During most of my college days, I commuted to classes about 12 miles away, requiring that I fill my gas tank weekly. Near my home was a gas station that ran a special every Wednesday, with gasoline priced at $0.259 per gallon. Needless to say, this college kid found his way to that station every week.
Since that time, I have watched as the Organization of the Petroleum Exporting Countries (OPEC) has controlled the price of gas by manipulating production levels. In 1973 OPEC created a shortage of gas, thus driving prices up and creating long lines at the gas pumps, as gas was quasi-rationed in the United States.
Fifty years ago, the concept of hydraulic fracturing — a process by which water and chemicals are forced underground to create pressure to break up shale and rock, thus releasing oil and natural gas — was unheard of. That process is commonly known today as fracking. Until a few years ago, fracking was executed either straight down or with only one drill turn. Since then, technological advances have created the ability for a single drill hole to branch out tentacles in multiple directions, enlarging the fracking area to a miles-wide diameter. Because shale and rock are pretty evenly divided throughout the world, fracking should result in diminished reliance on OPEC oil; however, many countries do not possess the ability or desire to utilize fracking.
Consequently the United States has assumed a huge lead in fracking production worldwide. One reason is that our laws clearly assign landowners the rights to their land down to the middle of the earth. Other countries do not have that clarity, resulting in protracted legal proceedings for definition. Second, the United States enjoys more efficient access to capital than most of the globe. Third, the United States owns about 90 percent of the equipment capable of performing fracking operations. Lastly, the United States has the infrastructure to distribute the water needed in the fracking process.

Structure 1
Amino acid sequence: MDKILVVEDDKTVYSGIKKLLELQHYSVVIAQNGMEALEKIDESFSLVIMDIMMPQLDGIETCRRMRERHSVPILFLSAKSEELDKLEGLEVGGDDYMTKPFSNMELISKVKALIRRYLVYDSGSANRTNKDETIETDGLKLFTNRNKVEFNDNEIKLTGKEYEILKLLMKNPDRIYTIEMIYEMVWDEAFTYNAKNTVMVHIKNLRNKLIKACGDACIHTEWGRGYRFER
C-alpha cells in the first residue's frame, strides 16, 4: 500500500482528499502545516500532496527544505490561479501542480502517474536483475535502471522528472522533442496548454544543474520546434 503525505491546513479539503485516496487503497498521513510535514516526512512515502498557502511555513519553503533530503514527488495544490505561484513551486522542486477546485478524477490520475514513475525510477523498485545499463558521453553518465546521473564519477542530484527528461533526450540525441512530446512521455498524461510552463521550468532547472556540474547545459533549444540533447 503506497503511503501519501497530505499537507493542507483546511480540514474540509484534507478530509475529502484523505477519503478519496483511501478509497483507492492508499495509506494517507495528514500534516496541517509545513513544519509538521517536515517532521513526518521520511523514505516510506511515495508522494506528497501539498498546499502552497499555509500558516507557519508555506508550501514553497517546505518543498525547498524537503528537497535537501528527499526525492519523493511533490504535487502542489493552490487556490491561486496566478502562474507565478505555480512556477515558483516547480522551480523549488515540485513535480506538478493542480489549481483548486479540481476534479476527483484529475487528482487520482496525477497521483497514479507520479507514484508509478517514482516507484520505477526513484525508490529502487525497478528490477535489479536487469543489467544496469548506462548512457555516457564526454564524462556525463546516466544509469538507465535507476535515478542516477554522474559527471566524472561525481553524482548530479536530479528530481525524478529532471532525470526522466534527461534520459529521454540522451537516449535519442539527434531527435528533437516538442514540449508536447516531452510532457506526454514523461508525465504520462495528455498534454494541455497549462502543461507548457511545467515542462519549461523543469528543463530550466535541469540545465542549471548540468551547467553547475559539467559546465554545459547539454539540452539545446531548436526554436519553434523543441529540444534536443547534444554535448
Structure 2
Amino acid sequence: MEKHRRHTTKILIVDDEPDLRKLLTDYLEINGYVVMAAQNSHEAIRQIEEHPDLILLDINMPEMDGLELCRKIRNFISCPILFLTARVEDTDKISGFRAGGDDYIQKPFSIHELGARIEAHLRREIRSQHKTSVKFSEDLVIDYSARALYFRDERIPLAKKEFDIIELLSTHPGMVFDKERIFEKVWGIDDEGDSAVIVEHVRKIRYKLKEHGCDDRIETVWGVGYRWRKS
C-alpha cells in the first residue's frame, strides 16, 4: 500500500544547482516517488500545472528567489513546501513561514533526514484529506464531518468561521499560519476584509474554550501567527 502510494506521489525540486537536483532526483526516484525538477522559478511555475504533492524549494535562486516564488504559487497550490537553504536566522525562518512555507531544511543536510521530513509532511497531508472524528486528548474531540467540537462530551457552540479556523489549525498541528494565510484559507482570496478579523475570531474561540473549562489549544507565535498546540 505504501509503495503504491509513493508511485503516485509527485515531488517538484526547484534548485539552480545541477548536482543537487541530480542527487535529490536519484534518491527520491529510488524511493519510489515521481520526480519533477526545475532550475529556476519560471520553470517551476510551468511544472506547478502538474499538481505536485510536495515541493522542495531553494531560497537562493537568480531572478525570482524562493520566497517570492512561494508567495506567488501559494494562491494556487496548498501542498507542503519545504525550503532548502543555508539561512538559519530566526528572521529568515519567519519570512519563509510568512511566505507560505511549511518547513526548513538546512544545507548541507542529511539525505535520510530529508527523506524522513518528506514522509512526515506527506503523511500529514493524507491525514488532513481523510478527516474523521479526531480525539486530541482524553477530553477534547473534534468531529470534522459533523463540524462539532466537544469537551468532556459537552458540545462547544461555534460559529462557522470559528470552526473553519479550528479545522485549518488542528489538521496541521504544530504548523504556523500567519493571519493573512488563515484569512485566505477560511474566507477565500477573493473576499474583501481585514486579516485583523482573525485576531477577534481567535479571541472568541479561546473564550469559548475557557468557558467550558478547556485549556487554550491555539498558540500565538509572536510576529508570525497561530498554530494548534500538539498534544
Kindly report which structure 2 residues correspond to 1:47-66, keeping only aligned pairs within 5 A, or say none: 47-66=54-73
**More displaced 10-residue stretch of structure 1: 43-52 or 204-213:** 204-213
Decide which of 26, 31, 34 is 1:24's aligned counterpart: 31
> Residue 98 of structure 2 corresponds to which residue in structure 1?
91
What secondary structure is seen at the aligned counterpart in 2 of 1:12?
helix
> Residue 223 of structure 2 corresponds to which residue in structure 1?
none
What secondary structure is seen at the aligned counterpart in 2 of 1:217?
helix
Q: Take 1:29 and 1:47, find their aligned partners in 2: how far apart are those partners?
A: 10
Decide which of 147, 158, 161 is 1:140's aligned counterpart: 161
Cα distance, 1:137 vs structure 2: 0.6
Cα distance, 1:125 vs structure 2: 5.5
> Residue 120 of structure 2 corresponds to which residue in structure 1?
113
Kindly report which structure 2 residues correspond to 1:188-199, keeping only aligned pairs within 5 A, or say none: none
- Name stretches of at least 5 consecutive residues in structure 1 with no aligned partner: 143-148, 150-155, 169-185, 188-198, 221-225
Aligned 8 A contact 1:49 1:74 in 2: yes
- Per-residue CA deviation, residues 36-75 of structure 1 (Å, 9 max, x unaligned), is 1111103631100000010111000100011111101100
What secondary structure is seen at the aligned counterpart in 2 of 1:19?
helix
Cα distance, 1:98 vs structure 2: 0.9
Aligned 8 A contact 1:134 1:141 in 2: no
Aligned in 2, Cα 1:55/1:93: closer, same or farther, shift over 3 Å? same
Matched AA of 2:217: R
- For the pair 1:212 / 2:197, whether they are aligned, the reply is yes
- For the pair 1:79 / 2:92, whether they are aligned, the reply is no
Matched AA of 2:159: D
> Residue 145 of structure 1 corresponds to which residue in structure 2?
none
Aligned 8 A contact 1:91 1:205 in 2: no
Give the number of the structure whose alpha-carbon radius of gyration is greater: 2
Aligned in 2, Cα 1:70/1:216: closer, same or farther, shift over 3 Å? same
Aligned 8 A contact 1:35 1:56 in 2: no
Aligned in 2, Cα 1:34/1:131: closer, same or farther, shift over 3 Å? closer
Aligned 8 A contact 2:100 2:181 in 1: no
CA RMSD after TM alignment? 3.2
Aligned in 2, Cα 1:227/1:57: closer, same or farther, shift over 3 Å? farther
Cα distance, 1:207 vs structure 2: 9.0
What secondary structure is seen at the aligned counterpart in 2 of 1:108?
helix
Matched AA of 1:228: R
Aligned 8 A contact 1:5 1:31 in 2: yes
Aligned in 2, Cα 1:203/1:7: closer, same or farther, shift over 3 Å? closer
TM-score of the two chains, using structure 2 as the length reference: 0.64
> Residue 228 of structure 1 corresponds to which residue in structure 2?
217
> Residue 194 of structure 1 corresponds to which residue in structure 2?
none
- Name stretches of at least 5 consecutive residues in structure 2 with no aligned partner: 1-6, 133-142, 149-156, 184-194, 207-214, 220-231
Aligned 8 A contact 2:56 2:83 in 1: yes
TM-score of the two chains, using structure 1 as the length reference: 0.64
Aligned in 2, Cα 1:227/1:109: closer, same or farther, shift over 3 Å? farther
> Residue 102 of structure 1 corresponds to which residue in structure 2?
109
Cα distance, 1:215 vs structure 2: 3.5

It is predicted that the United States will be the leading producer of oil and natural gas by the year 2020. The geopolitical ramifications of this shift are mind-boggling. Our ability for advancements in manufacturing will be greatly enhanced by cheap oil and natural gas. A concern, however, of some countries is that U.S. oil independence might lessen our role as world police, and that we will not involve ourselves in defending other nations. Will other nations become more financially dependent on the United States; if so, how will we respond?
It seems like a wonderful problem for the United States to face. Anything that gives our nation a competitive advantage will be good long-term for our economy and for most industries, including financial services. More wealth creation provides for increased economic stability and growth, to the benefit of each and every bank doing business in the United States. While we certainly will not see gas priced at $0.259 again, perhaps we can attain long-term oil price stability and a growth environment for banking services.